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  • Commentary
  • Open Access

Pharmacotherapy during neonatal extracorporeal membrane oxygenation: toward an evidence-based approach

Critical Care200711:107

  • Published:


Van der Vorst and coworkers recently illustrated the large variability in furosemide regimens used in their unit. This finding at least suggests that we need more data on the pharmacokinetics and pharmacodynamics of this drug in neonates during treatment with extracorporeal membrane oxygenation, in order to ensure quality of care and safety, and to promote evidence-based prescription. The implementation of population pharmacokinetic models can further increase both the feasibility of such studies and the relevance of the results generated.


  • Hearing Loss
  • Furosemide
  • Extracorporeal Membrane Oxygenation
  • Population Pharmacokinetic Model
  • Body Water Content

Although the general principles of clinical pharmacology apply to neonates and young infants, the characteristics of this population warrant a specific approach. The relative body water content, fat distribution and muscle mass are markedly different in foetal than in neonatal and paediatric groups. Almost all phase 1 and phase 2 hepatic clearance processes have a distinct isoenzyme-specific ontogeny, whereas renal clearance in early neonatal life is limited and depends almost entirely on glomerular filtration rate; the result of these factors is that the body's clearance of pharmacological agents evolves in a drug-specific, age-dependent manner. Extracorporeal membrane oxygenation (ECMO) further affects the pharmacokinetics and pharmacodynamics (PK/PD) of drugs. It is therefore mandatory that population-specific data in neonates on drug-specific PK/PD during ECMO be collected in order to ensure quality of care and safety, and to promote evidence-based prescription.

Recently in Critical Care, Van der Vorst and coworkers [1] described the Rotterdam group's experience on the administration of intravenous furosemide to neonates undergoing ECMO. The authors report considerable variability in furosemide regimens used without any benefit from additional bolus administration in their cohort, using urine output during the first 24 hours after initiation and time to reach 6 ml/kg per hour as pharmacodynamic outcome variables.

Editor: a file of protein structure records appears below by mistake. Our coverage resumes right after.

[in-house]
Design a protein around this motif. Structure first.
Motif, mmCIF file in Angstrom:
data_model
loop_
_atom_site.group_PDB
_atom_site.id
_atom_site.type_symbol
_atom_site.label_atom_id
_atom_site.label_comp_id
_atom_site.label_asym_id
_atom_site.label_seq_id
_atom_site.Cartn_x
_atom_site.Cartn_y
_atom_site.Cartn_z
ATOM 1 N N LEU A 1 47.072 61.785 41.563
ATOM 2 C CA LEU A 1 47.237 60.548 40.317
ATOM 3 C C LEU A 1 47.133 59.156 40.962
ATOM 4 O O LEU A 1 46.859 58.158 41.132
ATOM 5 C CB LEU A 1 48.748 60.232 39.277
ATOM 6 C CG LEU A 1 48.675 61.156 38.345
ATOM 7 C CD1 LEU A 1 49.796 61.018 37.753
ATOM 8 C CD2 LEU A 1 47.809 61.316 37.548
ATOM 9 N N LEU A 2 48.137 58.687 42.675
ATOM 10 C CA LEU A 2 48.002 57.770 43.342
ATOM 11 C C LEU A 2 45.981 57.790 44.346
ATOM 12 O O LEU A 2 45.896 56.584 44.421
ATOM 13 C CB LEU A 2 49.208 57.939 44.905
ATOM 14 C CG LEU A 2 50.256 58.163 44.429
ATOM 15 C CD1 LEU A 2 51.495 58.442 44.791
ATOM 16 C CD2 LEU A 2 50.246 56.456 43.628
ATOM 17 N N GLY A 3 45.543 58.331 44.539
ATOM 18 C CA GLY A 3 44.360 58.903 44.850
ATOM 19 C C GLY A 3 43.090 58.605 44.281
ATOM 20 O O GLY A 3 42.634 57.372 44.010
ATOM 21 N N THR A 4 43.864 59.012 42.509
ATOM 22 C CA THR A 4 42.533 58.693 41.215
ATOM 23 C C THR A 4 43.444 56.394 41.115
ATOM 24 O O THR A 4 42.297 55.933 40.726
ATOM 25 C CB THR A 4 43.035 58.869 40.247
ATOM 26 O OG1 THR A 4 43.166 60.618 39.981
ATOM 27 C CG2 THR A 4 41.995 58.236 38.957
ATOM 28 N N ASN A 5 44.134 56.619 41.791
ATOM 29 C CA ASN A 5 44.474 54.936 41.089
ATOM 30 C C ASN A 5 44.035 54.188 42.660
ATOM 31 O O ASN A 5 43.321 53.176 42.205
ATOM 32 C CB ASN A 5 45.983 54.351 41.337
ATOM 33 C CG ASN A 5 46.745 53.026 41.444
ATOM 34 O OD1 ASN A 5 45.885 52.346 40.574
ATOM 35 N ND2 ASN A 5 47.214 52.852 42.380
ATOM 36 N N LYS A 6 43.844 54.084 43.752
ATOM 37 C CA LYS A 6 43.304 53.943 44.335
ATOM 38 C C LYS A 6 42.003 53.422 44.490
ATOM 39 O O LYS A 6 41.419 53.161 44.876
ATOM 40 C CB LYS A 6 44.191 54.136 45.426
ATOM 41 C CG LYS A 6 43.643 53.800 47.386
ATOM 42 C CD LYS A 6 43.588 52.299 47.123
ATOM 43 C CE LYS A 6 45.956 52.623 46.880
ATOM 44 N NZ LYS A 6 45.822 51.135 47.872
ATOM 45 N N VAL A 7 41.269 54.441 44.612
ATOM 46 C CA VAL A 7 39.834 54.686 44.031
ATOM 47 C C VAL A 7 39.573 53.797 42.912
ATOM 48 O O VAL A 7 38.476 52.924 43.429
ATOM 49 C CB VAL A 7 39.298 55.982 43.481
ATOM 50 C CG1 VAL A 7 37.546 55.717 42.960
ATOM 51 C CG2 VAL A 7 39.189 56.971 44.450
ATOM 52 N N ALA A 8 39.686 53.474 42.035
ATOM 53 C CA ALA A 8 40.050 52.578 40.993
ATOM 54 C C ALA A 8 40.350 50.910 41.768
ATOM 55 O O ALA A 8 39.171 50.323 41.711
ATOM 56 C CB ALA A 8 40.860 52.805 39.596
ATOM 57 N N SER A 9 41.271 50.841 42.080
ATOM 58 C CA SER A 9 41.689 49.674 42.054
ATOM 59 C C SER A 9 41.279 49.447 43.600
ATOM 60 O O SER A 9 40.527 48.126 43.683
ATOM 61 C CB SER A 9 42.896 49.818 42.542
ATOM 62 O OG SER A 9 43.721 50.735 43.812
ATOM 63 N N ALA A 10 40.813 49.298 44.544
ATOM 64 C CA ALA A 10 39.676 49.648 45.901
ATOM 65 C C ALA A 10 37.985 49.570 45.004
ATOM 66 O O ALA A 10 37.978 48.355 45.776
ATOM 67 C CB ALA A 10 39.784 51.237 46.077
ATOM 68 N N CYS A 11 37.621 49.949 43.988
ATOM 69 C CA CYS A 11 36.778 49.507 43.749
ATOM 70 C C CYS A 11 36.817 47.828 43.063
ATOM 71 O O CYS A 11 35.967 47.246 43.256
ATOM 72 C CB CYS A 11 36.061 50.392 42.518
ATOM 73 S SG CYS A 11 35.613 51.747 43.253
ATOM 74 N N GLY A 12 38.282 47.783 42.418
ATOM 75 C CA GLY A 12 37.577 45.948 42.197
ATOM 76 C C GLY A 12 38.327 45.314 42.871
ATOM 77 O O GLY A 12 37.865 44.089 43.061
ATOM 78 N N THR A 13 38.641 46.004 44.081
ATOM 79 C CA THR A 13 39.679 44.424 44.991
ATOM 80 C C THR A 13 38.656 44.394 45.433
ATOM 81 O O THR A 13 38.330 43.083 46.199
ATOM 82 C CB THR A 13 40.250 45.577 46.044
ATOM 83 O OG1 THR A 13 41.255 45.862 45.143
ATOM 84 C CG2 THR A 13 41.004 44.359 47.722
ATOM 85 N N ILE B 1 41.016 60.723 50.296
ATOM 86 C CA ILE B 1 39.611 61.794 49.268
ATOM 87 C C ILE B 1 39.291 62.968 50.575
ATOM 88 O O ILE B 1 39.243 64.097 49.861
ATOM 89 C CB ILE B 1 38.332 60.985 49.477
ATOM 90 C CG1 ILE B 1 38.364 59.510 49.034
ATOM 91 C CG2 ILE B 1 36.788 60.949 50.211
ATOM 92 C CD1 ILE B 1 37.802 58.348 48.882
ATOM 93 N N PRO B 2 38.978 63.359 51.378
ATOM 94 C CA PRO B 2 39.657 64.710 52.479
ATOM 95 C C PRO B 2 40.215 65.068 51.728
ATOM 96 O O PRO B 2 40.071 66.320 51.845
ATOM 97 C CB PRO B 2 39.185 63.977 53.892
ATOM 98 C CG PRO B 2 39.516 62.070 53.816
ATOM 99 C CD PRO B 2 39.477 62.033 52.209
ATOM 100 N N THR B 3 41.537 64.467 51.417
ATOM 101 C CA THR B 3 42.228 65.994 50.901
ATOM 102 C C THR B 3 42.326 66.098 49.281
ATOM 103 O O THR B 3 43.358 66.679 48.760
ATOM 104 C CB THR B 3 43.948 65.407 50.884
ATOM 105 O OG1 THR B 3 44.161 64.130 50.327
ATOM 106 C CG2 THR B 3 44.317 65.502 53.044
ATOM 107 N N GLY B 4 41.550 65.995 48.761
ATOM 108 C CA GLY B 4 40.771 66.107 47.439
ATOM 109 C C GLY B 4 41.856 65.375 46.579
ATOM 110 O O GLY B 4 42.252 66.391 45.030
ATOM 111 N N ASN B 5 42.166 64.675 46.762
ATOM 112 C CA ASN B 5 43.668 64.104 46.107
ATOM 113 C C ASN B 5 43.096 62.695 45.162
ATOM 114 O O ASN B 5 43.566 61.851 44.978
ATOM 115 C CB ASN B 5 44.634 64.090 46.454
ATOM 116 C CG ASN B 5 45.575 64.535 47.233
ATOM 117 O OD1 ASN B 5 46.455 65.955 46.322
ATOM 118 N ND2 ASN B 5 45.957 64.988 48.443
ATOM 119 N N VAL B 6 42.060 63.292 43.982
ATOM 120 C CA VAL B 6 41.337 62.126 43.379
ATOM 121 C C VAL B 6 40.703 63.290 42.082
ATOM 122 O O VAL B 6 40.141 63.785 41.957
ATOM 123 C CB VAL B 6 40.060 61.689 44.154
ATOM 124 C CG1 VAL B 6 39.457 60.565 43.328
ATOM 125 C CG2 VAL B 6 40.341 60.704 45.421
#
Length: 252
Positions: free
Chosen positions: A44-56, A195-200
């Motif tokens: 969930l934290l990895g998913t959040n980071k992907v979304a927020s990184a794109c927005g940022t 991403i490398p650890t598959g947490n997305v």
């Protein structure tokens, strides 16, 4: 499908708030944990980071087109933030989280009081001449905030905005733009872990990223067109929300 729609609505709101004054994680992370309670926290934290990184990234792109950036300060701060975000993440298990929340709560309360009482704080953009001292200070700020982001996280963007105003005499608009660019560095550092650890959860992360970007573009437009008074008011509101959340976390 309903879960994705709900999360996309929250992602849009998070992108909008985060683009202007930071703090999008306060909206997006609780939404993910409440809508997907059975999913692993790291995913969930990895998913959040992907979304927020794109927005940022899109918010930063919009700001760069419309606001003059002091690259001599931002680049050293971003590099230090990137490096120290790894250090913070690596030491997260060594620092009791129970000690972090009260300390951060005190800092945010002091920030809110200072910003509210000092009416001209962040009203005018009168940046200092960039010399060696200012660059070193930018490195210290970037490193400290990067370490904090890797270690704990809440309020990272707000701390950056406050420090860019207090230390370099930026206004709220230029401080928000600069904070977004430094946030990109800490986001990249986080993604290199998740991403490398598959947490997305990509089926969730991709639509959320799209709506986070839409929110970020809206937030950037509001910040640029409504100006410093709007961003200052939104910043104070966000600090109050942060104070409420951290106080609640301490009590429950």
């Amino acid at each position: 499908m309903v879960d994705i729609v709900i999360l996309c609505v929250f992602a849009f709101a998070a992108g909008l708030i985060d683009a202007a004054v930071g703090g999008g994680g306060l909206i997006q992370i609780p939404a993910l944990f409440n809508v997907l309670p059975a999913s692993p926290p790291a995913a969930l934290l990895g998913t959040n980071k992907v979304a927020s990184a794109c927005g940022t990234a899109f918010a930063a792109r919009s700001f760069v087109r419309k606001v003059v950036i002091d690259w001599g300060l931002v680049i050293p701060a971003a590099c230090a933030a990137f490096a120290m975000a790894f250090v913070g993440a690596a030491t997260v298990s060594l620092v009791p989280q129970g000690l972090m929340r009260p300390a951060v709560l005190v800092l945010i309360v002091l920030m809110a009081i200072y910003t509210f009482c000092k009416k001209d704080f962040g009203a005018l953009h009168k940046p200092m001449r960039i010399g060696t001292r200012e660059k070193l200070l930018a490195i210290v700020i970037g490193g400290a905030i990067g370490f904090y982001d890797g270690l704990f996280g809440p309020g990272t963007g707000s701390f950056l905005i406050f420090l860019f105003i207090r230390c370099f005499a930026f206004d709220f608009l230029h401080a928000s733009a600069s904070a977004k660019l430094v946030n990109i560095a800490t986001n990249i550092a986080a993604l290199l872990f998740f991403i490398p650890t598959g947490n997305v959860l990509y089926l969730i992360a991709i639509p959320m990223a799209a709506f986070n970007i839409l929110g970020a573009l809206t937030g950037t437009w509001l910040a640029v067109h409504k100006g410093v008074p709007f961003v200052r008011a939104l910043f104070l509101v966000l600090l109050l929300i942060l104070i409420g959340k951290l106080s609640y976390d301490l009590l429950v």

The appropriateness of initiating ECMO in neonates with respiratory insufficiency has been firmly established by the UK-ECMO trial [2], but data on the PK/PD of drugs that are frequently prescribed in these neonates are less robust. Van der Vorst and coworkers [1] correctly identified that the retrospective design of their study prevented them from drawing definitive conclusions, but they highlighted a need for a prospective PK/PD study to evaluate a predefined continuous furosemide regimen. Population pharmacokinetics provides clinical researchers with a potent tool with which to improve both the relevance and the feasibility of studies on developmental pharmacology in neonates.

Population modelling using mixed effects models provides a means to study variability in drug responses among individuals who are representative of those in whom the drug will be used clinically. These models have advantages for paediatric studies for the following reasons: they can be used to analyze sparse data; sampling times are not crucial; they can be fitted around clinical procedures; and, finally, individuals with missing data may still be included. Covariates account for the predictable component of the variability between individuals. Growth and development are two major aspects in children that are not seen in adults. These aspects can be investigated using size and age as covariates [3, 4].

Mulla and coworkers [5, 6] recently reported on the pharmacokinetics of midazolam and vancomycin using population modelling. They identified important changes in both clearance and volume of distribution of these drugs during ECMO treatment, in addition to the normal changes in these factors that would be expected to occur with age and maturity. Similar trends were documented by Peters and coworkers [7] in their evaluation of morphine pharmacokinetics during venoarterial ECMO in neonates. In general, there is an increase in distribution volume, which is most prominent in water soluble drugs, and a decrease in drug clearance.

Whether to initiate any treatment is a decision balanced by a cost-benefit consideration based on potential effects and side effects. The use of furosemide has been associated with nonconductive hearing loss at age 5 to 8 years; continuous administration of furosemide necessitates additional intravenous access; and there remains uncertainty regarding pharmacodynamic end-points [1, 8]. We therefore strongly agree with Van der Vorst and coworkers [1] that there is a need for a prospective PK/PD study on the use of furosemide in neonates during ECMO. The hearing loss associated with furosemide use suggests that long-term follow up is needed in neonates who have undergone ECMO treatment, and the implementation of population pharmacokinetic models can further increase both the feasibility of such studies and the relevance of the results obtained, as illustrated by the work of Mulla [5, 6] and Peters [7] and their groups.

Following documentation of the advantages of using ECMO to manage neonatal respiratory insufficiency in terms of both mortality and morbidity, the evaluation of pharmacotherapy during neonatal ECMO should become a second step toward a more evidence-based approach to these patients.



extracorporeal membrane oxygenation


pharmacokinetics and pharmacodynamics.


Authors’ Affiliations

Department of Woman and Child, University of Leuven, Herestraat 49, Leuven, 3000, Belgium


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